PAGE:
It is not just the fantastical elements of these short stories that make them so compelling though. As we reach the end of “When Time Turned” (Ethel Watts Mumford), the bittersweet realization that it is an account of a man who has lived his life backwards from the time of his wife’s death is heartbreaking. In this and many of the others, we are given tales that work both on the supernatural and natural levels. Like all good fiction, the interpretation is left to the reader to decide.
Jack London is the most famous name to grace these pages. His first published story was “A Thousand Deaths,” and appeared in the May 1899 issue of The Black Cat. It is a wild piece, about a man discovering a process to liquefy people, cleanse them, then bring them back to life. It just so happens that his experiments are done on his own wayward son, and when the old man starts talking about vivisection, the tables are turned.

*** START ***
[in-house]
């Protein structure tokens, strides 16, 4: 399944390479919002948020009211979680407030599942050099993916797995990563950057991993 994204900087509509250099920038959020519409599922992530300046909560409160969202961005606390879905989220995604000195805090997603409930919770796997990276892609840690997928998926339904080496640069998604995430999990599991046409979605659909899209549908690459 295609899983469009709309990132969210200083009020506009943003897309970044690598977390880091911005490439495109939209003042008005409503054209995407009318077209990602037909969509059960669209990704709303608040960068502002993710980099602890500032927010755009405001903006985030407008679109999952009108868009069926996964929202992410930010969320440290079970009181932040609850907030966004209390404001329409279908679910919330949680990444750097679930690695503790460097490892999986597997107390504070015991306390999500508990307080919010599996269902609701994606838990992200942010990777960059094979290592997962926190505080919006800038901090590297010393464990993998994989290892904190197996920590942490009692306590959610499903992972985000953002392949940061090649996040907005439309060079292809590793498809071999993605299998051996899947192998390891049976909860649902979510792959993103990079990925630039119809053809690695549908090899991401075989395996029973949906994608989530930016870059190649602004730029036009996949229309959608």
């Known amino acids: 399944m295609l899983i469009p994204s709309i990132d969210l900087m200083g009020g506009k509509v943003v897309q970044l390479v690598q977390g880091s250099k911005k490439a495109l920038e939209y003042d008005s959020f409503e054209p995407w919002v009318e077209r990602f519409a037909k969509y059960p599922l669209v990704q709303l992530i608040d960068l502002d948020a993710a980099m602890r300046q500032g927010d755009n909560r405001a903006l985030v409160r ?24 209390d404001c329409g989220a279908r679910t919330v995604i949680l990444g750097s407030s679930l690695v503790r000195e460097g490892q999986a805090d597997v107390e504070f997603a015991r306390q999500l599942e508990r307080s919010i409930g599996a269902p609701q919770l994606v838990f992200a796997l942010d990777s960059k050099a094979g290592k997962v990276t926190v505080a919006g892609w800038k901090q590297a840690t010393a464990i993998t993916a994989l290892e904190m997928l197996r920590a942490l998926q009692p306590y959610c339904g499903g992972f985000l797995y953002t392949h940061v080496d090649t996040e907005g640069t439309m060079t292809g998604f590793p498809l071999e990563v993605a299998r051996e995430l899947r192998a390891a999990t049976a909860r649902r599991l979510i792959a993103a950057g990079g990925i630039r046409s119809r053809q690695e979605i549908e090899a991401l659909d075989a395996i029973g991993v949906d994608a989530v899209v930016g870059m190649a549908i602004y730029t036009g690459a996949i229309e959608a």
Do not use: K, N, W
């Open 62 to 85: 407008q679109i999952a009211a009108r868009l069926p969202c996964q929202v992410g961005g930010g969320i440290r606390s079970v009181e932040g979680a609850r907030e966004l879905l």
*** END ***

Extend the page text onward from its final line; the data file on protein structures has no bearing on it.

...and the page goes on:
Editor Gene Christie has selected a great assortment of short stories for The Man Who Found Zero. While a few of the references may be obscure today, the imaginative nature of this material is as vibrant as ever. It may be "your great-grandparent’s science fiction," but it is as good or better as anything you will find on the shelf today.